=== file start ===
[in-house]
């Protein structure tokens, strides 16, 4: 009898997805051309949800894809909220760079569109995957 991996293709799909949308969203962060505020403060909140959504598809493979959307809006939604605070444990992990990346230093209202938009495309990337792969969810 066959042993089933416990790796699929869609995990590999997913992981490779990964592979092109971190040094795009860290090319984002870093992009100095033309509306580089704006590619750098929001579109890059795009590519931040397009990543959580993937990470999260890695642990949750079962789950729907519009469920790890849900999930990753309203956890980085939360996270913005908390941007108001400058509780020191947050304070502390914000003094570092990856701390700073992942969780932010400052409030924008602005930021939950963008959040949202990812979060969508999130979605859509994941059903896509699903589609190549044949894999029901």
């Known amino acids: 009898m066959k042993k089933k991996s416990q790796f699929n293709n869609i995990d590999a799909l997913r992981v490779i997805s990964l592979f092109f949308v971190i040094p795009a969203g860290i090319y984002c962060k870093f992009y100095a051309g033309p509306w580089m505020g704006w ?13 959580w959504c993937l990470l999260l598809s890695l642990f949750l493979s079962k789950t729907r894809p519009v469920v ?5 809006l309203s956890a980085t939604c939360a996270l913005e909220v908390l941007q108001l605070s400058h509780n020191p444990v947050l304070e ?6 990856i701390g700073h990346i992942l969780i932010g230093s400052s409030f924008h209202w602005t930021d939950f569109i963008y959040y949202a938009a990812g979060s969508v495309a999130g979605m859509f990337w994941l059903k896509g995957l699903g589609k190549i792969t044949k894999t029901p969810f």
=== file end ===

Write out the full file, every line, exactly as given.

[in-house]
């Protein structure tokens, strides 16, 4: 009898997805051309949800894809909220760079569109995957 991996293709799909949308969203962060505020403060909140959504598809493979959307809006939604605070444990992990990346230093209202938009495309990337792969969810 066959042993089933416990790796699929869609995990590999997913992981490779990964592979092109971190040094795009860290090319984002870093992009100095033309509306580089704006590619750098929001579109890059795009590519931040397009990543959580993937990470999260890695642990949750079962789950729907519009469920790890849900999930990753309203956890980085939360996270913005908390941007108001400058509780020191947050304070502390914000003094570092990856701390700073992942969780932010400052409030924008602005930021939950963008959040949202990812979060969508999130979605859509994941059903896509699903589609190549044949894999029901």
């Known amino acids: 009898m066959k042993k089933k991996s416990q790796f699929n293709n869609i995990d590999a799909l997913r992981v490779i997805s990964l592979f092109f949308v971190i040094p795009a969203g860290i090319y984002c962060k870093f992009y100095a051309g033309p509306w580089m505020g704006w ?13 959580w959504c993937l990470l999260l598809s890695l642990f949750l493979s079962k789950t729907r894809p519009v469920v ?5 809006l309203s956890a980085t939604c939360a996270l913005e909220v908390l941007q108001l605070s400058h509780n020191p444990v947050l304070e ?6 990856i701390g700073h990346i992942l969780i932010g230093s400052s409030f924008h209202w602005t930021d939950f569109i963008y959040y949202a938009a990812g979060s969508v495309a999130g979605m859509f990337w994941l059903k896509g995957l699903g589609k190549i792969t044949k894999t029901p969810f």